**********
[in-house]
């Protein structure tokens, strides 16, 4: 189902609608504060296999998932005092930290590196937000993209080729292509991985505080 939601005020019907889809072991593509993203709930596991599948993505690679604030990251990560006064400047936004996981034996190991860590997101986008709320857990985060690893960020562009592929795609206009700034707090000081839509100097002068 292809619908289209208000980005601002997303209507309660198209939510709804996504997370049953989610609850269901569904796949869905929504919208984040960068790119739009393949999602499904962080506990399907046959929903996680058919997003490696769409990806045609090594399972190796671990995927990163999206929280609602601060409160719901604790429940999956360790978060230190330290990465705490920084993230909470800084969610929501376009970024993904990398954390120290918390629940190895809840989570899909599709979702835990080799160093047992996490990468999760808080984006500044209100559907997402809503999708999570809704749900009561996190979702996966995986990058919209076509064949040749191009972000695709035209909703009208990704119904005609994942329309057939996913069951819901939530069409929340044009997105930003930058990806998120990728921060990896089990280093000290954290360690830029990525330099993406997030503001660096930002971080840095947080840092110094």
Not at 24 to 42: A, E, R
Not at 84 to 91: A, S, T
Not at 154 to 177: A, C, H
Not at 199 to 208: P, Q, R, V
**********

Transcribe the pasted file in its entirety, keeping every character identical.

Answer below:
[in-house]
């Protein structure tokens, strides 16, 4: 189902609608504060296999998932005092930290590196937000993209080729292509991985505080 939601005020019907889809072991593509993203709930596991599948993505690679604030990251990560006064400047936004996981034996190991860590997101986008709320857990985060690893960020562009592929795609206009700034707090000081839509100097002068 292809619908289209208000980005601002997303209507309660198209939510709804996504997370049953989610609850269901569904796949869905929504919208984040960068790119739009393949999602499904962080506990399907046959929903996680058919997003490696769409990806045609090594399972190796671990995927990163999206929280609602601060409160719901604790429940999956360790978060230190330290990465705490920084993230909470800084969610929501376009970024993904990398954390120290918390629940190895809840989570899909599709979702835990080799160093047992996490990468999760808080984006500044209100559907997402809503999708999570809704749900009561996190979702996966995986990058919209076509064949040749191009972000695709035209909703009208990704119904005609994942329309057939996913069951819901939530069409929340044009997105930003930058990806998120990728921060990896089990280093000290954290360690830029990525330099993406997030503001660096930002971080840095947080840092110094």
Not at 24 to 42: A, E, R
Not at 84 to 91: A, S, T
Not at 154 to 177: A, C, H
Not at 199 to 208: P, Q, R, V